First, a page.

For example, my most recent bow throws out five arrows each shot. This pairs well with the second type of enchantment, which allows a certain percentage of hands to pass through enemies and into others, causing damage to both. Although it doesn’t have a lot of depth, it is something you can experiment with and create powerful weapons.
3. Although this is not a Diablo game in the traditional sense, the gameplay is as good as any other.
Two weapons are available: a melee weapon that can be used close to the enemy and a long-range weapon. The Hunter’s Armor is my favorite for a ranged-based character. It gives you bonuses for your arrow abilities. However, many armors can be used to suit a tank playstyle or an “assassin”, a fast “assassin”, or a soul-collector who relies heavily on soul-infused artifacts.
Three artifacts can be added to your character with different defensive or offensive effects. This is enough to increase your combat abilities without making things more complicated. You can also call on wolves, llamas and other creatures with artifacts.
They can be a huge help when being rushed by low-level enemies such as zombies or needing to get back up. It’s a Fisher-Price My First Dungeon Crawler-style combat system that feels natural. While it isn’t too complicated, it still allows you to fight enemies either close range or face-to-face.
When I first started playing Minecraft Dungeons, I felt the normal difficulty was too easy. Although I could hack and slash my first few levels, the problem increased as I progressed. The second half of the campaign was more challenging. I had to be careful about my artifact and potion usage and approach battles with thought. The difficulty was just suitable for a first game. It was a bit harder for the final boss than I expected.
Beat Minecraft Dungeons unlocks higher difficulty levels for the character that you defeat. There are also more specific grades depending on how powerful your mission is. You can change the default difficulty level, but you cannot move up or down in any stories. However, beating the game unlocks a higher difficulty level with gradated missions. You can adjust the difficulty to get more experience or kill more formidable enemies to gain more loot and experience. However, there is a real chance you will be sent back to base camp and smashed.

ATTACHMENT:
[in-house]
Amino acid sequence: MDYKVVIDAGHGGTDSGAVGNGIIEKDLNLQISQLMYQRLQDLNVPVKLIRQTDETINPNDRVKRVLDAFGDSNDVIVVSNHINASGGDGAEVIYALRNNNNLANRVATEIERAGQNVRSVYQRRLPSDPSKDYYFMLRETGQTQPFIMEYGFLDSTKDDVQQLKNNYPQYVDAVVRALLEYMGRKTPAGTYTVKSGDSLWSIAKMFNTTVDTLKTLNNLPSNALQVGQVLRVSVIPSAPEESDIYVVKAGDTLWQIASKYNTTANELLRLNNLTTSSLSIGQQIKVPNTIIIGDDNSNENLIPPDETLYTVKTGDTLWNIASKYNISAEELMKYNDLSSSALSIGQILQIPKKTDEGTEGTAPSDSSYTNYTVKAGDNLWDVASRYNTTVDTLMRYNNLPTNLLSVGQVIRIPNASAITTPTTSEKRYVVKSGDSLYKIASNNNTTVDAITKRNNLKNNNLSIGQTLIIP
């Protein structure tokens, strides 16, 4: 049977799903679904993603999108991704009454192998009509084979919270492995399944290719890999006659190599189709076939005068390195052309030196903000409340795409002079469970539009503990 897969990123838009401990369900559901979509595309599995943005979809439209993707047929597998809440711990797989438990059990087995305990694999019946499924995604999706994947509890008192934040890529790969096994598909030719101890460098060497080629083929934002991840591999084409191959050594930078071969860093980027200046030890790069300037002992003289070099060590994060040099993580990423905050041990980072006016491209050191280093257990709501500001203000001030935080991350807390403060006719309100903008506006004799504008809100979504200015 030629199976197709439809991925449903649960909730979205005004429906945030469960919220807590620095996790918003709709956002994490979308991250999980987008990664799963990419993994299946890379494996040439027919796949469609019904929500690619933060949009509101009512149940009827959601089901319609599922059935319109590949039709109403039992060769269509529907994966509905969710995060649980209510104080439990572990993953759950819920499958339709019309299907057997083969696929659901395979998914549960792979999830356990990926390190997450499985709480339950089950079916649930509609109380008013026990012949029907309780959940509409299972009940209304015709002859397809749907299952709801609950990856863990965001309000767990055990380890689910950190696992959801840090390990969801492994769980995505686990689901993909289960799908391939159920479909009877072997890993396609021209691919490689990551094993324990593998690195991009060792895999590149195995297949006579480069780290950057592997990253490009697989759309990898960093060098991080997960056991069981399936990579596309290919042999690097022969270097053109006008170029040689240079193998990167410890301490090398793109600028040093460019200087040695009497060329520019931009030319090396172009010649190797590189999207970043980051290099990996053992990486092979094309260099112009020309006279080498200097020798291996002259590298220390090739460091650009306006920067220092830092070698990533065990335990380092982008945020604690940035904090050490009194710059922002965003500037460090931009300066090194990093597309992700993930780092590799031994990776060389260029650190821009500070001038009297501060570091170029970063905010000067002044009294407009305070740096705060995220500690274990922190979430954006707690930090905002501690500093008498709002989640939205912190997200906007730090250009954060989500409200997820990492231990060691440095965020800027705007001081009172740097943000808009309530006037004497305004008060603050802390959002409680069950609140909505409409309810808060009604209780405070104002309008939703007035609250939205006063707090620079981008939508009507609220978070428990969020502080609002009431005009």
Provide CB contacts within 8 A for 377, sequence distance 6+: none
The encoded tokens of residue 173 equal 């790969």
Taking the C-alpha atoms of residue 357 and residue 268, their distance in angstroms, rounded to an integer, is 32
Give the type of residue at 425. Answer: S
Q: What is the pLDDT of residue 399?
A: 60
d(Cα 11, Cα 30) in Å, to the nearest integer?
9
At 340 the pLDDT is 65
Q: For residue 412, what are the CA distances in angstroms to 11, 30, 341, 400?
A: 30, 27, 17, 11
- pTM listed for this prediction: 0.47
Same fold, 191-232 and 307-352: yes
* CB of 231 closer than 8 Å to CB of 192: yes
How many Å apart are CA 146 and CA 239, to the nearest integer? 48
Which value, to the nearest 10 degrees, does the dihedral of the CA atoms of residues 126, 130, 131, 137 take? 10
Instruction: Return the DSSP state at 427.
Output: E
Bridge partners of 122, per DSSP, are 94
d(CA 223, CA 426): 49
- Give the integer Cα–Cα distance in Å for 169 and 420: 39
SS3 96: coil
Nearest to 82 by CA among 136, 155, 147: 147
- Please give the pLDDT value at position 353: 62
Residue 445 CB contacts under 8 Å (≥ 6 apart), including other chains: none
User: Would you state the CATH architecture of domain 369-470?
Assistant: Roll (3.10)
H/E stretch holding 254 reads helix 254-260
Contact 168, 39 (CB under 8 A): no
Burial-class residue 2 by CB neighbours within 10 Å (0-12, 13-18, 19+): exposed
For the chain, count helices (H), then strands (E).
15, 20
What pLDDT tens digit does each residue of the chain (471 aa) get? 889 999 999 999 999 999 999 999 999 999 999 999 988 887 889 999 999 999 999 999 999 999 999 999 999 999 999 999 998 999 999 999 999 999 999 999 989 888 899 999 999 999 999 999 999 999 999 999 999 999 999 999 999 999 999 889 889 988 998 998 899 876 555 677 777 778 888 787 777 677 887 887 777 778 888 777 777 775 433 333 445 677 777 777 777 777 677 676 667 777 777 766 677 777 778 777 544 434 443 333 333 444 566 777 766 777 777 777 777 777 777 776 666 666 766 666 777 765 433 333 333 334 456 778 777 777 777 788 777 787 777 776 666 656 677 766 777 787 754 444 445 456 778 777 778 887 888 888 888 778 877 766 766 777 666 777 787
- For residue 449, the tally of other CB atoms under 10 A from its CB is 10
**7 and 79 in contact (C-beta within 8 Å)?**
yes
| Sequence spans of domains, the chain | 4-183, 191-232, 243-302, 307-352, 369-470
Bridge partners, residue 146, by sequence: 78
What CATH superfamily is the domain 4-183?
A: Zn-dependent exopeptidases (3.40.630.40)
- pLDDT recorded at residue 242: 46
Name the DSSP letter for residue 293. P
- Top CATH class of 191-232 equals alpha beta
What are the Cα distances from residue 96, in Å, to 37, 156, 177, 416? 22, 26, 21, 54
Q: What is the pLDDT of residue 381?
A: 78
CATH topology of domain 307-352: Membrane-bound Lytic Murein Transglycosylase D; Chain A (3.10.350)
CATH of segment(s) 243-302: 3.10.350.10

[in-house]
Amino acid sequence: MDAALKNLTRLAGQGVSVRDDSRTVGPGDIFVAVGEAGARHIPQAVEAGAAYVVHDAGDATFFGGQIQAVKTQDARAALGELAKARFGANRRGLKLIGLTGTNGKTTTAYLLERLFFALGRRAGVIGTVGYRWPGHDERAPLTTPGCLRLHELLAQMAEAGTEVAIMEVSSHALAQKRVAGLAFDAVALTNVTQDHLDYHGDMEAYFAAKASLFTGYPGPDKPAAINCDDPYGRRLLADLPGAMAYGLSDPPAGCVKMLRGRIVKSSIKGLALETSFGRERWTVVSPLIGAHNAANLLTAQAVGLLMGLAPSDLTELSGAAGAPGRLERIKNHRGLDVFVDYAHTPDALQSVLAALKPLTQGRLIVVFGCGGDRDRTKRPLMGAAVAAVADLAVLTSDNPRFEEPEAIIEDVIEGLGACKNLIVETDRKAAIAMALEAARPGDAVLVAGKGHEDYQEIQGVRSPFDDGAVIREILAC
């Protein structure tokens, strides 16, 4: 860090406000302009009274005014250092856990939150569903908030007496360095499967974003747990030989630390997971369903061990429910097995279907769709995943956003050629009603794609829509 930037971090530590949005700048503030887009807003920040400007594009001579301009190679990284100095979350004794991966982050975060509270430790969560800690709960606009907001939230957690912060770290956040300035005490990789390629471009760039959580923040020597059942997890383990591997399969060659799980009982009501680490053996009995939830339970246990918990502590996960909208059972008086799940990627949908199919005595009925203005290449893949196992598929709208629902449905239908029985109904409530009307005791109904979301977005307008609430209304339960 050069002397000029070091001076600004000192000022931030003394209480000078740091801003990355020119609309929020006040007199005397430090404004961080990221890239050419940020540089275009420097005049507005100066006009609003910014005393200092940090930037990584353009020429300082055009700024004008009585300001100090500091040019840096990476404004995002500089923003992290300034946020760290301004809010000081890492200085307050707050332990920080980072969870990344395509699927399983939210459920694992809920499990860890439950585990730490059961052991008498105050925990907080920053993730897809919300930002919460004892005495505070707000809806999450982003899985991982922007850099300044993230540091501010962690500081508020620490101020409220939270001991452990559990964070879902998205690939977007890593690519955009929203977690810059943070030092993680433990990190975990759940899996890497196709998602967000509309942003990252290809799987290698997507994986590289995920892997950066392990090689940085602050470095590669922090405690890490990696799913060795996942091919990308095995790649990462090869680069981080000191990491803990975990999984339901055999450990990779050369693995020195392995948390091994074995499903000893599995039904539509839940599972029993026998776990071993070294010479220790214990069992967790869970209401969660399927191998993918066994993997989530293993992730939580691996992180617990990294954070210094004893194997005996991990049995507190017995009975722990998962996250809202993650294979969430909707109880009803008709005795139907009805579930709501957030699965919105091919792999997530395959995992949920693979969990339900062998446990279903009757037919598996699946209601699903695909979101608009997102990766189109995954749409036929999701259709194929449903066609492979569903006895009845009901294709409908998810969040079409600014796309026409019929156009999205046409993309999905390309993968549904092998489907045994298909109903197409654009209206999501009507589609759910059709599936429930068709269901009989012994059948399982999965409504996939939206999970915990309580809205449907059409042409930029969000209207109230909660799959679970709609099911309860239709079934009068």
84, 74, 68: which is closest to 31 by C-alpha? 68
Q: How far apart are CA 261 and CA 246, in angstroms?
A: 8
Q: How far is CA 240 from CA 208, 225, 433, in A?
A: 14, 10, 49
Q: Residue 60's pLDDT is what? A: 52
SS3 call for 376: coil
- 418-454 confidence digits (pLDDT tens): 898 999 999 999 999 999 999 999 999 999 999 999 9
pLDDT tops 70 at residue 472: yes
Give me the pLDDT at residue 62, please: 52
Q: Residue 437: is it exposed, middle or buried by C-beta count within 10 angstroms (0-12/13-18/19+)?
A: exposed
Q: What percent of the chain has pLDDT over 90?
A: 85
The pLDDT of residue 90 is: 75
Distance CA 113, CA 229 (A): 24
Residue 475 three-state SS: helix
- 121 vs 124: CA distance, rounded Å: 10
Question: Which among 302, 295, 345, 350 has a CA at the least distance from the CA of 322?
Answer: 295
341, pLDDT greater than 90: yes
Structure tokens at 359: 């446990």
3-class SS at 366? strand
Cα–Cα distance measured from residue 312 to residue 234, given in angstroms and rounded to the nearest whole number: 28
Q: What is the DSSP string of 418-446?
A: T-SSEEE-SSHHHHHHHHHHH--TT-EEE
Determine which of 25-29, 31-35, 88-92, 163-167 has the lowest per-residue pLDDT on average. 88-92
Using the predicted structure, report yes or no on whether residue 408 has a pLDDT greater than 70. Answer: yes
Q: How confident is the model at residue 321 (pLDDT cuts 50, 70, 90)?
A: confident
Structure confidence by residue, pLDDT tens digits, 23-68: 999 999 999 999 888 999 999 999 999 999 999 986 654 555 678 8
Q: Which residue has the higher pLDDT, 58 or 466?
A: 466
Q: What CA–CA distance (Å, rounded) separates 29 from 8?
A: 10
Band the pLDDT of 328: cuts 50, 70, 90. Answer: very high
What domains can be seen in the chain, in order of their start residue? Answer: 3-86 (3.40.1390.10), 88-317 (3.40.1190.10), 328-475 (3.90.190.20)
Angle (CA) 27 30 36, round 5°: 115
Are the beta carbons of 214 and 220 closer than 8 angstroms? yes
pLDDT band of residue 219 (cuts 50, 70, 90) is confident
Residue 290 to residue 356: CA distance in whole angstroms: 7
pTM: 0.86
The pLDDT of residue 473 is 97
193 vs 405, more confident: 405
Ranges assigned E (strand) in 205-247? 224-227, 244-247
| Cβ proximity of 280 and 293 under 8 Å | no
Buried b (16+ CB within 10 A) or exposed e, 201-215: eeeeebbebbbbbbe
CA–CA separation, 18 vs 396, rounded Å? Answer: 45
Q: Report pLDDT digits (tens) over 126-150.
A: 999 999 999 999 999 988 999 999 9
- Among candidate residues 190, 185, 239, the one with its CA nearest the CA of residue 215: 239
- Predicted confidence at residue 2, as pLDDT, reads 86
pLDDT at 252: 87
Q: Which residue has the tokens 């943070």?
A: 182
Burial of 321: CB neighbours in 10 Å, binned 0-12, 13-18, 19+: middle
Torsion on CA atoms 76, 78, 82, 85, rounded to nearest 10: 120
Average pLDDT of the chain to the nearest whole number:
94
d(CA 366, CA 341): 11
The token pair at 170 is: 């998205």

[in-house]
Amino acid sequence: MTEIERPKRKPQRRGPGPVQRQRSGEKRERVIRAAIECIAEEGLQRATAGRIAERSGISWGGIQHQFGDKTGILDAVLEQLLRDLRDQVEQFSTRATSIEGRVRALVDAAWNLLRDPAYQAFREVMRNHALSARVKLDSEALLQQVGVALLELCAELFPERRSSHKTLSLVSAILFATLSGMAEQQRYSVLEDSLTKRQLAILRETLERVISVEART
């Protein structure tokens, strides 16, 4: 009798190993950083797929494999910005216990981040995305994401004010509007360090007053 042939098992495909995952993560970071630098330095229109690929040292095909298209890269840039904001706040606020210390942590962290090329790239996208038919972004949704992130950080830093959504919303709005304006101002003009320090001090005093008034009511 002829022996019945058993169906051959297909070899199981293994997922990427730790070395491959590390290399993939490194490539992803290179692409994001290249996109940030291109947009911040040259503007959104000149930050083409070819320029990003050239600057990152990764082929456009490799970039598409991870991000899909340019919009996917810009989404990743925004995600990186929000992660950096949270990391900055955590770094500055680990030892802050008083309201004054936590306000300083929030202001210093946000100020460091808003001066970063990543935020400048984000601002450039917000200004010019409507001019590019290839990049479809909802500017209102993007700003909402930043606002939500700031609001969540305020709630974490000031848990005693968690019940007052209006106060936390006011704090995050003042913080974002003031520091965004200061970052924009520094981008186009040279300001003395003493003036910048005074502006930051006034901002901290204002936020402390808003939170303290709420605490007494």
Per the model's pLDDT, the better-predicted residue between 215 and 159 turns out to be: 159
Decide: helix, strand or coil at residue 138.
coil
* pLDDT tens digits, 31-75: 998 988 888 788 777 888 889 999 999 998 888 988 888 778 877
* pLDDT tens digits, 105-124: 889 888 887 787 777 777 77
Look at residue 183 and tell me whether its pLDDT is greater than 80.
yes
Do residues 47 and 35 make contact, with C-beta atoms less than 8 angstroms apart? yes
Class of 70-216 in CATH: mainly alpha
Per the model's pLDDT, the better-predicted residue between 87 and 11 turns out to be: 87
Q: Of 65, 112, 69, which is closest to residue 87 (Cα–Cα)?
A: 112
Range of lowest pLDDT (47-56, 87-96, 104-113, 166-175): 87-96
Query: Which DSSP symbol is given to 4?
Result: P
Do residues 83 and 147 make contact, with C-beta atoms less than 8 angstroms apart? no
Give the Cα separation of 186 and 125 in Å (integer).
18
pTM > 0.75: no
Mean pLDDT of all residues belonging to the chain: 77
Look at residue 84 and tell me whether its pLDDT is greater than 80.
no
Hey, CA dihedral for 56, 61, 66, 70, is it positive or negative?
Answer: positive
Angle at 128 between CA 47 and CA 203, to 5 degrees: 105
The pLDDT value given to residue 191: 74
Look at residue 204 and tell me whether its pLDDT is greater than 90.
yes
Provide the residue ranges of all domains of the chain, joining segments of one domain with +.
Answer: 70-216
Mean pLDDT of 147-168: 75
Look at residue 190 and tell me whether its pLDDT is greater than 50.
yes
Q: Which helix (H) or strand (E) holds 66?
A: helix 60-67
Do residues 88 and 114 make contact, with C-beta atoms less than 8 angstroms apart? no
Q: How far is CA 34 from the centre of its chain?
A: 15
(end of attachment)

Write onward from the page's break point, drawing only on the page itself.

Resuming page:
4. Losing is not a penalty for your stats or equipment, so even if you lose, you still have progress.
There are only three chances to win each level. If you lose three times, you’re out. It can be frustrating when you fail the final boss and then go through the whole story again to face him again. Even though it is frustrating, losing to a boss doesn’t affect your stats or equipment. You still have progress, even if you lose.
Get the Loot
The loot is probably the most critical aspect of a dungeon crawler. Minecraft Dungeons has plenty. Levels encourage exploration and reward you for going off the beaten track with loot, chests or maps that unlock secret levels. Although some chests and areas can be hidden very cleverly, I found exploring them inconsistently. My decades-old obsession with video game loot led me to believe that I would find a chest at a dead-end map area. But, often, they didn’t. On the flip side, occasionally, I’d stumble into an otherwise-nondescript corner and find a chest containing rare loot.
5. Levels are meant to encourage exploration. If you go off the beaten track, you will often be rewarded.
Loot doesn’t do anything novel, but it shouldn’t. Trade-in cash at home to a blacksmith or travel merchant for gear, and you still get a thrill when you pull out a Unique-level object. The loot is completely random, and you can get gems if it doesn’t work out. The salvage system was my favorite feature. You get the enchantment points back with no penalty if you save an enchanted item.
The loot system surprised me because it didn’t have a crafting system. I don’t usually demand this, except it is a spinoff of a game built around this concept and still includes the word “craft” in its name. The crafting table is located in the base camp house. I clicked it wild when I saw it, hoping that a crafting dialog would appear. It doesn’t allow for mining or more-than-average breaking of items in Minecraft Dungeons. The source material references are therefore largely superficial. This doesn’t mean that setting up a dungeon crawler within Minecraft is impossible. It’s charming and fun. It minimizes “Minecraft” while maximizing “Dungeons.”
Minecraft Dungeons can be a fun and beautiful dungeon crawler. It uses a set of tried-and-true systems. The game is very safe and doesn’t add any crafting or mining spins to Minecraft’s unique look and feel. It’s still charming and fun. Minecraft Dungeons offers a lot of replayability, including tons of loot and secret areas that can be discovered and more difficult difficulty levels. Its story mode is only six to eight hours long. Who plays Minecraft for the story?